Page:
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Subalpine Gumweed

09 Sep

Despite the late summer warmth, not much is left blooming around Laramie this time of year.  One exception is the subalpine gumweed, Grindelia subalpina, which is still looking quite robust in the wilder parts of town.

The name subapline gumweed is yet another example of stupid common names, because it grows all the way down to the plains, so the subalpine part isn’t very accurate!  Laramie, even at 7200 feet, doesn’t quite reach subalpine heights.  

Curlycup gumweed, Grindelia squarrosa, is another similar-looking species of gumweed that grows in the area (and throughout the U.S.).  Both species are native, favor dry areas, and bloom well into September.  The main way to tell G. subalpina from G. squarrosa is by the leaves.  The website Eastern Colorado Wildflowers states “Teeth on leaves of G. subalpina are spaced further apart, are pointed and point outwards from the margin. Teeth on G. squarrosa are close together, somewhat rounded and point toward the leaf tip.”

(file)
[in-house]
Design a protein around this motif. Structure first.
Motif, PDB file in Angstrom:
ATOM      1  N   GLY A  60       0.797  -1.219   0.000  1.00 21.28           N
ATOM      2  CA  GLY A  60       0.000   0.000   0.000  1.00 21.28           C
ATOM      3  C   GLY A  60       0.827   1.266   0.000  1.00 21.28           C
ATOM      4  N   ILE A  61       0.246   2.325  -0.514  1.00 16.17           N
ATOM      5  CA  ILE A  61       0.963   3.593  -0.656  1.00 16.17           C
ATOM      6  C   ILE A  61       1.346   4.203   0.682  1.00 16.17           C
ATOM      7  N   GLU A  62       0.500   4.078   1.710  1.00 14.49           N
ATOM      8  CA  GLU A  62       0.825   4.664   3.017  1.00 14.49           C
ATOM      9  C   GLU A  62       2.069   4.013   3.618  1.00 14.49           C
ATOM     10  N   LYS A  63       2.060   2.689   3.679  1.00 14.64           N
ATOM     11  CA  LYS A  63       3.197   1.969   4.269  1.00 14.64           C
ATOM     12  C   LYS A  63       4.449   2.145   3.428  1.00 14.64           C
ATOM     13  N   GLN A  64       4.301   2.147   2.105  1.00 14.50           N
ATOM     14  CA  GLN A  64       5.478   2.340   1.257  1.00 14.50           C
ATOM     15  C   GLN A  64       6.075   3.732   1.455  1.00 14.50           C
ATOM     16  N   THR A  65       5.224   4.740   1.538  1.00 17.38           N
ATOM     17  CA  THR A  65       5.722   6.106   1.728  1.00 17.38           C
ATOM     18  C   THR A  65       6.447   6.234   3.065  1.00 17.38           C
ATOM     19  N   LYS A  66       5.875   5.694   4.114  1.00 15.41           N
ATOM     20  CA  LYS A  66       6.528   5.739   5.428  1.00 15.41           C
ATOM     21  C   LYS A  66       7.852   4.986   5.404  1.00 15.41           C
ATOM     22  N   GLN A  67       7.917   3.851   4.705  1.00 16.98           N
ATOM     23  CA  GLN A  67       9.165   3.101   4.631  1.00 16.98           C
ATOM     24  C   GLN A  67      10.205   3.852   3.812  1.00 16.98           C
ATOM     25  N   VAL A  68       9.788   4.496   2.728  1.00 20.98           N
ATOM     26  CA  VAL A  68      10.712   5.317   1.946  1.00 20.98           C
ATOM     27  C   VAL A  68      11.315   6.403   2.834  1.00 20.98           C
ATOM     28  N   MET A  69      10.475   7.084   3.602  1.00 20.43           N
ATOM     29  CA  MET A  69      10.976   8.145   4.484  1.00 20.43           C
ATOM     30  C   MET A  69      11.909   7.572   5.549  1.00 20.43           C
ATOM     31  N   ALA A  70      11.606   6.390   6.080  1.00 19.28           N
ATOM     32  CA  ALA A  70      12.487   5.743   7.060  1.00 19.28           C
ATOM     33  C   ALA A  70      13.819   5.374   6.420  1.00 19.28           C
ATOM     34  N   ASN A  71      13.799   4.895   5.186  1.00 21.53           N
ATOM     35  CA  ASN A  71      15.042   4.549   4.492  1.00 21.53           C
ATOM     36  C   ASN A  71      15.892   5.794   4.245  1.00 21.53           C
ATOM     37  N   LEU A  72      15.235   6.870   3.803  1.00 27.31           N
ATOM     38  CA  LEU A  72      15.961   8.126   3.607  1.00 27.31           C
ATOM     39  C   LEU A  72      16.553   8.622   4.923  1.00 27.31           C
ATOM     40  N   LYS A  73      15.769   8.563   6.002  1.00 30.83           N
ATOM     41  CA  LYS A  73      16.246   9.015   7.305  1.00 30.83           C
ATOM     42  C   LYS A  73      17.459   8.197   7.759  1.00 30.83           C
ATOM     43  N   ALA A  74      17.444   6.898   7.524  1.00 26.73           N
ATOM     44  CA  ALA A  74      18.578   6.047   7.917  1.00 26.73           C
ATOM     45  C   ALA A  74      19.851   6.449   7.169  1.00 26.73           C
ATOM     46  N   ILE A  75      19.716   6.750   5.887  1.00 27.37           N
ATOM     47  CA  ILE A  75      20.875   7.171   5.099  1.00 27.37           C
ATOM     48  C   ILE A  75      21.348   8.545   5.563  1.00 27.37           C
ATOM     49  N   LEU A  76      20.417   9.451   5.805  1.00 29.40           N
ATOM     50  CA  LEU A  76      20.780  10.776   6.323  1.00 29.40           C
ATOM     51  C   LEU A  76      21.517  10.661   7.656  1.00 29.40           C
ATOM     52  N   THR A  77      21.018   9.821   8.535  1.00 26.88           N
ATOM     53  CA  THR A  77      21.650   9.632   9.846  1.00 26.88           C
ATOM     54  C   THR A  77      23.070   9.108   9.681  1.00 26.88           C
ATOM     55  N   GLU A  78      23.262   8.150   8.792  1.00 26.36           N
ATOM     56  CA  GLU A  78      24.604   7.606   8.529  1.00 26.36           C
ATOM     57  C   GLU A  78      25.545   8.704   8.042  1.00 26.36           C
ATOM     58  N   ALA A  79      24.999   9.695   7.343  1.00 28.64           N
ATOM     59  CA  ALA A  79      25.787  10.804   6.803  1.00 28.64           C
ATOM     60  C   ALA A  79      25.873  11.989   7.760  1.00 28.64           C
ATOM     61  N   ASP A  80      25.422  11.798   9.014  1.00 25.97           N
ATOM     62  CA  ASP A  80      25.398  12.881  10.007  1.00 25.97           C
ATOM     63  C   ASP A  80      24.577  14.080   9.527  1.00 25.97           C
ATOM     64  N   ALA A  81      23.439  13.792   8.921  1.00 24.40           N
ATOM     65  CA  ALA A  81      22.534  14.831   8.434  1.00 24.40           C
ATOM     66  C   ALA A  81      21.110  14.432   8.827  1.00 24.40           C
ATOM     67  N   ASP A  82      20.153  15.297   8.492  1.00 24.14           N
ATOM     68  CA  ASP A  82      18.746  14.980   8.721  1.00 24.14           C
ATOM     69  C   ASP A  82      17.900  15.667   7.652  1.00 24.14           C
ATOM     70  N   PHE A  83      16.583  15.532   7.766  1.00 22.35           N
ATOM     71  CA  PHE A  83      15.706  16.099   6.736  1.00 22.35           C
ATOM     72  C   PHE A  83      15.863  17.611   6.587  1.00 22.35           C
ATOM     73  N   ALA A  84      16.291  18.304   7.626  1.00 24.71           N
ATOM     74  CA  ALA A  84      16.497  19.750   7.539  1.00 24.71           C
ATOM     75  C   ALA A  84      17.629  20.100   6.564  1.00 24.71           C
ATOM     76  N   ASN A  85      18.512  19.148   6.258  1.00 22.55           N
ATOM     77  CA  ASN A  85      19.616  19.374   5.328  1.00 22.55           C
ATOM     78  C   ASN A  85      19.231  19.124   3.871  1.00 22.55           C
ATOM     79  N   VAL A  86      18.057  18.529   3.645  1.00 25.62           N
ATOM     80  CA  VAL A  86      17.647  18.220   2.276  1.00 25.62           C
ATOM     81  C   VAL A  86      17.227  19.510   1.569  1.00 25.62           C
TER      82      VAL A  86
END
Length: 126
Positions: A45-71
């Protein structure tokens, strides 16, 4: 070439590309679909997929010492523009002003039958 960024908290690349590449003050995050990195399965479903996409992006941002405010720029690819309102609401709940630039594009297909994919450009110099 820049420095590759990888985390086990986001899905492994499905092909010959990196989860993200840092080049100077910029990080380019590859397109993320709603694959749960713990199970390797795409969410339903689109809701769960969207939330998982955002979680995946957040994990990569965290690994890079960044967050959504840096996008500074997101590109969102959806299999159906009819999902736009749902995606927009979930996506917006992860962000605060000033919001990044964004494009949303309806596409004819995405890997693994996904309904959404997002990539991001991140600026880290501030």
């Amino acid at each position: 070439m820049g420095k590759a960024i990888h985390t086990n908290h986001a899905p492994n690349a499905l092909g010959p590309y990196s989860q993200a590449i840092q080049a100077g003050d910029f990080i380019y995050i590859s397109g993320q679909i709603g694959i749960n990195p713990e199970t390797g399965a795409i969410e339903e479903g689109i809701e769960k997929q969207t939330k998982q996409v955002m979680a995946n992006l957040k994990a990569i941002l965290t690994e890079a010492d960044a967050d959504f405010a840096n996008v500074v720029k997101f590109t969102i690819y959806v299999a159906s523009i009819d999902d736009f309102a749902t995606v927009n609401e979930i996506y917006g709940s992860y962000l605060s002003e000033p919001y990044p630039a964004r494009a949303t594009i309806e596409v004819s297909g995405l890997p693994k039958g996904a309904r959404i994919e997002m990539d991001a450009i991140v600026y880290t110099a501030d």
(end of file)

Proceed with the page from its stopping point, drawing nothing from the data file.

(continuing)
Coloradowildflowers.org adds, “Subalpine Gumweed’s base of the leaf tapers toward the point of attachment on the stalk, forming a petiole-like structure. Curlycup Gumweed leaves are stemless, oblong in shape & clasping the stem.”

Subalpine gumweed can also be called mountain gumweed, stickyhead or just plain gumweed.  By those names, you can probably tell that some part of this plant is viscous (the bracts are sticky with resinous glands).  G. subalpina can be found only in Wyoming, Colorado and New Mexico.

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Posted by on September 9, 2012 in Nature

 

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